Two Dalit children have been allegedly beaten to death for defecating in the open, in Madhya Pradesh, India.

According to the local police, Roshni Valmiki, 12, and her brother Avinash, 10, were on their way to visit their grandfather in Bhakhedi village in the Shivpuri district on Wednesday morning, when they stopped to defecate in a public street. Open defecation is reportedly banned in the village.

They were then believed beaten with sticks by two brothers who lived nearby the site.

The children were pronounced dead upon arrival at the district hospital. The suspects are in police custody and are being probed for murder.

The children were cousins but Roshni was raised by Avinash's father since she was small. The boy's father, Manoj, a daily wage labourer, is too poor to afford a toilet at his house, and is unable to access a government subsidy to build toilets for the poor.

Following the incident, the children's family has decided to move out of the village, where they claim caste discrimination is still rampant.

The family has been given 60,000 rupees in financial assistance for funeral expenses, and will receive another 400,000 rupees in compensation under the Scheduled Castes and Tribes (Prevention of Atrocities) Act, 1989.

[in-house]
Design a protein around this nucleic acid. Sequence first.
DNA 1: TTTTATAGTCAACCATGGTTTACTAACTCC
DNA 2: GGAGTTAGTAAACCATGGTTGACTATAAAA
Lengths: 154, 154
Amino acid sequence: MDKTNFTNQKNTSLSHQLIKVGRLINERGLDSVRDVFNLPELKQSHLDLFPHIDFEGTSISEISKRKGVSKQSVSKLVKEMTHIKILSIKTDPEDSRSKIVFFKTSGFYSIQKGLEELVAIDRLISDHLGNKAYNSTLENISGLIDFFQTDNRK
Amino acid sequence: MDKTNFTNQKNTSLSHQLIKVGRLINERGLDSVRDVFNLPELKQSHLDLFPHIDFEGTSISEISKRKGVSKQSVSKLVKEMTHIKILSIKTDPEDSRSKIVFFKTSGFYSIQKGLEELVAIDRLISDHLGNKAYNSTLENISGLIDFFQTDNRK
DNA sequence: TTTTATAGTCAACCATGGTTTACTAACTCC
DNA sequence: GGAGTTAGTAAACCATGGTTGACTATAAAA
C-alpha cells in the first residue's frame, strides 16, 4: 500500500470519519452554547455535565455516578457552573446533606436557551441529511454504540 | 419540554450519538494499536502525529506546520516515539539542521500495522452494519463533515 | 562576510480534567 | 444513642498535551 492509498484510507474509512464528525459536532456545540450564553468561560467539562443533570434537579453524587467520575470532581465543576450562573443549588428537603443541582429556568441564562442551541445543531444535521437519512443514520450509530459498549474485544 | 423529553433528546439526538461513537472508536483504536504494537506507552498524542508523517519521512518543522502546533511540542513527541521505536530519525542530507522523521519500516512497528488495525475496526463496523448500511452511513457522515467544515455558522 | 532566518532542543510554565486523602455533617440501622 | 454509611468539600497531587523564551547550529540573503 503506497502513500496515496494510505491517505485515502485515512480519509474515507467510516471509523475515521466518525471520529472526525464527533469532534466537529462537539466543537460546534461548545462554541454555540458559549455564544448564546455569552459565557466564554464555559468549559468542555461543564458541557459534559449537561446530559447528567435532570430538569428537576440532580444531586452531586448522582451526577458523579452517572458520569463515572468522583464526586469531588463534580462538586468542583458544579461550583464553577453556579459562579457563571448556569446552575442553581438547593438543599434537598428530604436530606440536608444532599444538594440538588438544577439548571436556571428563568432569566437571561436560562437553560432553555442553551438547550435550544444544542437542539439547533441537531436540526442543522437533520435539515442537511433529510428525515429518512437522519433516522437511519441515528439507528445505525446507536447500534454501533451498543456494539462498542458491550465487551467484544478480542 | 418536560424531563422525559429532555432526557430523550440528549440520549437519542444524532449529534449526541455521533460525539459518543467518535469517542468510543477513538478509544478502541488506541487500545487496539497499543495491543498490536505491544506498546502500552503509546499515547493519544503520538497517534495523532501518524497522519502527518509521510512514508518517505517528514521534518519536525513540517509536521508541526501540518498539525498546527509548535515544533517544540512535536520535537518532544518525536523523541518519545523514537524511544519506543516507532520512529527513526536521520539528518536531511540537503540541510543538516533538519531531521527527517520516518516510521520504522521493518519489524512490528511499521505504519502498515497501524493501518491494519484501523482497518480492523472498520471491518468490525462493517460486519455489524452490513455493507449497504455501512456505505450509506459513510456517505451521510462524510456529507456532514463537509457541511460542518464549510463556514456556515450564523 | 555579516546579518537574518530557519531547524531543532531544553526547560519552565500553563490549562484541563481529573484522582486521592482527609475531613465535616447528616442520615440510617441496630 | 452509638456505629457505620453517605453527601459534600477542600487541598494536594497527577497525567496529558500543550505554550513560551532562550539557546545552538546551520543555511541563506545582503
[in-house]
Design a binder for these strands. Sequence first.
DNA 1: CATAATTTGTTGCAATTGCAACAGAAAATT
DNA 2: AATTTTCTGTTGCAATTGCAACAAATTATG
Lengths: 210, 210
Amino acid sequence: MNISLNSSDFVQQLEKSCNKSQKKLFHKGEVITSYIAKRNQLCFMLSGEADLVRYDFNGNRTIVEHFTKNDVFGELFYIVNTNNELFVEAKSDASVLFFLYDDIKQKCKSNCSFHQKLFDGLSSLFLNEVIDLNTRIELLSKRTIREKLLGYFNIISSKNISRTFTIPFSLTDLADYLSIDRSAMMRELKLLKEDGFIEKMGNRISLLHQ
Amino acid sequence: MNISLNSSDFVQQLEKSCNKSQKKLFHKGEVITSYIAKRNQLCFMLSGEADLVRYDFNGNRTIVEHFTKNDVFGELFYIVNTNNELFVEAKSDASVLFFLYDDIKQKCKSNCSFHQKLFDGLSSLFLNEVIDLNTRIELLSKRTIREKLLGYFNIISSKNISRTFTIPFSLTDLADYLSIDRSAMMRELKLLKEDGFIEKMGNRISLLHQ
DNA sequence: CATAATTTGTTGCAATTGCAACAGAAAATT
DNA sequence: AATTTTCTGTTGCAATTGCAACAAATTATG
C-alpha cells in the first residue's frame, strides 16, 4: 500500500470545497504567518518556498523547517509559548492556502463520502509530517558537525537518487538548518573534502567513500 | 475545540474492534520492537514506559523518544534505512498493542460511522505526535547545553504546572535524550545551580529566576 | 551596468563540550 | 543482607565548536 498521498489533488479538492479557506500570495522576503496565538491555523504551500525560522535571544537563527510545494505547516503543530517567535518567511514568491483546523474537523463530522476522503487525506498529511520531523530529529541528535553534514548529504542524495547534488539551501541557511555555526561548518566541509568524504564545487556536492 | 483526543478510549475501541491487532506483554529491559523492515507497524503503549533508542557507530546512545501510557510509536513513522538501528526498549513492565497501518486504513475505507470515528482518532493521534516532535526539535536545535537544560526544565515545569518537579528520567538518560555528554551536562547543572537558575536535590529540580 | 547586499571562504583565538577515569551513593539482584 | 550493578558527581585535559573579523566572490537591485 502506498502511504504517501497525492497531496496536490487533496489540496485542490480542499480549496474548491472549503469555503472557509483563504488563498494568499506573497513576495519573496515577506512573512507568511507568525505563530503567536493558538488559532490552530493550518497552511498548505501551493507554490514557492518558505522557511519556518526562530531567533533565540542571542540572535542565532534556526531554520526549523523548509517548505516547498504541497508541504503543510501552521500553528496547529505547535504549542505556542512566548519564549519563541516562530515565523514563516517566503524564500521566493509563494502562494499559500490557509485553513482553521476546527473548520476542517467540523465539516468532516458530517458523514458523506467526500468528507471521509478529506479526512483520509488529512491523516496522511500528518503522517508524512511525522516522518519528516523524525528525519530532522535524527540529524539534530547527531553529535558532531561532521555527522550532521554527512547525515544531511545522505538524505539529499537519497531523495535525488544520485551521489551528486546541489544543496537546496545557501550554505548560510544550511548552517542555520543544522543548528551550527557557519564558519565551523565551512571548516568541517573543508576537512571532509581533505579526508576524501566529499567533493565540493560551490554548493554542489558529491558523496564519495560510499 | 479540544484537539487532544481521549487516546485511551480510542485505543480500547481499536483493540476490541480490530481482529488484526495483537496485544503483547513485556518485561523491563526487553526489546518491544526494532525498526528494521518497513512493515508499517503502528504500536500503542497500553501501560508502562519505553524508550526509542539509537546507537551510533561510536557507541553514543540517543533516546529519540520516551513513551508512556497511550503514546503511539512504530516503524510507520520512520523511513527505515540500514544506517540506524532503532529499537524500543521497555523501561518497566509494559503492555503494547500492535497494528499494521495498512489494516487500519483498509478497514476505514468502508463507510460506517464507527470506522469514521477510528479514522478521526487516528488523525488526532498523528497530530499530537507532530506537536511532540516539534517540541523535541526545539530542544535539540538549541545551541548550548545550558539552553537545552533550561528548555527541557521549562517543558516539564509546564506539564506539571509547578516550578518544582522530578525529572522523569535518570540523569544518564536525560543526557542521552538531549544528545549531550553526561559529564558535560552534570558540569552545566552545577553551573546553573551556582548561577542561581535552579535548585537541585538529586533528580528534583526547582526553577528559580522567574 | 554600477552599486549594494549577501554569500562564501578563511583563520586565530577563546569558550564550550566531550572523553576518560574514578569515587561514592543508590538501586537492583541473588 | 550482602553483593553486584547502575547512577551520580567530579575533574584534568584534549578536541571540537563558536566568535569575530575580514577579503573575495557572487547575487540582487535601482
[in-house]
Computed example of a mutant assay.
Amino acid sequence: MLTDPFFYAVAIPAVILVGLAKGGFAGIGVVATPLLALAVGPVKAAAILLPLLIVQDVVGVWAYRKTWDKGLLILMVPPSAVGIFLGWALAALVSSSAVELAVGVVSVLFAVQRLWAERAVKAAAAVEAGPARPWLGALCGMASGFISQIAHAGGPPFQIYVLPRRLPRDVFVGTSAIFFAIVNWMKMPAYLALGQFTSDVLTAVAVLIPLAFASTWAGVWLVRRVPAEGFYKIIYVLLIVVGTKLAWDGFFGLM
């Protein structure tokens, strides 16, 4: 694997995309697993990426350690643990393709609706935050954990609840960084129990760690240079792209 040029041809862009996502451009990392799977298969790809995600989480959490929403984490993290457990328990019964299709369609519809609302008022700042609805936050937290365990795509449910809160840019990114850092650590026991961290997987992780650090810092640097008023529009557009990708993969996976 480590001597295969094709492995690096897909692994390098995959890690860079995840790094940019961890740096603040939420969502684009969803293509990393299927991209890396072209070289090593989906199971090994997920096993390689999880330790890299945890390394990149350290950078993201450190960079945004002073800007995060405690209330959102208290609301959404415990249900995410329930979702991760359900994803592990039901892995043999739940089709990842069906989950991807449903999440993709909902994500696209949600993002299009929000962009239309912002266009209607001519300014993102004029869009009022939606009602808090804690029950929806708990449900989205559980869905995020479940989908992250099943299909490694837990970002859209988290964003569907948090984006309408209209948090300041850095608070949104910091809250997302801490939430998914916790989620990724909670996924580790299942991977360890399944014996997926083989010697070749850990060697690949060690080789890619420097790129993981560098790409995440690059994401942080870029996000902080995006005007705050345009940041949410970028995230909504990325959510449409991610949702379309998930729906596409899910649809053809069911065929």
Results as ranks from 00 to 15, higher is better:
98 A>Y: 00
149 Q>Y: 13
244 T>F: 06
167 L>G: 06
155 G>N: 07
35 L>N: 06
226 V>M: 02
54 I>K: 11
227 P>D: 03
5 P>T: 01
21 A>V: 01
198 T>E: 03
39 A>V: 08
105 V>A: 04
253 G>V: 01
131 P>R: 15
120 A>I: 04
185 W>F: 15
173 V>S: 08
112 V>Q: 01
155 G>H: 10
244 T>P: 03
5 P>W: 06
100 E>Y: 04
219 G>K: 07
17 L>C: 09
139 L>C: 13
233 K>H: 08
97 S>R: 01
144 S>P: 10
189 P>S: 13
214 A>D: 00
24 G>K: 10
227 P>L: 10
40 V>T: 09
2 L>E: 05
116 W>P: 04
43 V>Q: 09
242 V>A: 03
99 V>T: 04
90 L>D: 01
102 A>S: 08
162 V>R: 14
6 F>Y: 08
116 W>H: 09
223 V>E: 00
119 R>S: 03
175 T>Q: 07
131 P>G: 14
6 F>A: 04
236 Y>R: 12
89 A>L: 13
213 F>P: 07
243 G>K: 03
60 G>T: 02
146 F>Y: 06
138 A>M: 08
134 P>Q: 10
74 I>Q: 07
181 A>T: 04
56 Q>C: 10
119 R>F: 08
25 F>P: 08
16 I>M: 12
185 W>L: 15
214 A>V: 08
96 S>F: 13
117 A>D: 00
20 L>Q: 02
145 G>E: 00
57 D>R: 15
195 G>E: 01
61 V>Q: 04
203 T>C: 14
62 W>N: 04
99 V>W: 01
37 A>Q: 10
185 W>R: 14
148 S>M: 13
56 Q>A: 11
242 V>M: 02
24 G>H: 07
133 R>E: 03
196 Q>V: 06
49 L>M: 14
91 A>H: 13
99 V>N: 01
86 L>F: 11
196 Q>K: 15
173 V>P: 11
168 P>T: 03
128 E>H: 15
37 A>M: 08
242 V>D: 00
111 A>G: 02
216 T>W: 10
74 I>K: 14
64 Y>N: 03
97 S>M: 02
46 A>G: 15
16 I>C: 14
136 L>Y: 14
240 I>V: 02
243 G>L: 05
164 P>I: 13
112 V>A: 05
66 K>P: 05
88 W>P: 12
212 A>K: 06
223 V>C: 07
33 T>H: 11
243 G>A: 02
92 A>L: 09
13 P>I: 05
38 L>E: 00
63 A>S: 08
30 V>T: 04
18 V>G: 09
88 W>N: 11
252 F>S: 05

Despite the government's flagship programme to increase toilet access, progress has been slow and millions of poor Indians still defecate in the open, putting especially women and children at risk.

Dalits, meanwhile, who are at the bottom of the Hindu caste system, still face widespread discrimination and marginalisation in their daily lives.

This is not the first time the Dalit community have been subjected to violence in India.

In January last year, right-wing Hindu nationalists threw rocks at Dalits who were commemorating the 200th anniversary of a battle significant to the latter community, causing the death of two men. Violence and unrest erupted in the aftermath of the killings.

In November last year, a 13-year-old Dalit girl was beheaded with a sickle by a neighbour from an upper caste, in Tamil Nadu, who was unhappy she had rejected his sexual advances.

Dalit women are also subjected to sexual violence every day, with a government statistic saying at least four women from the community are raped daily across India. The perpetrators of such crime are, ironically, often men from the upper caste.

Source: CNN, BBC, The Hindu
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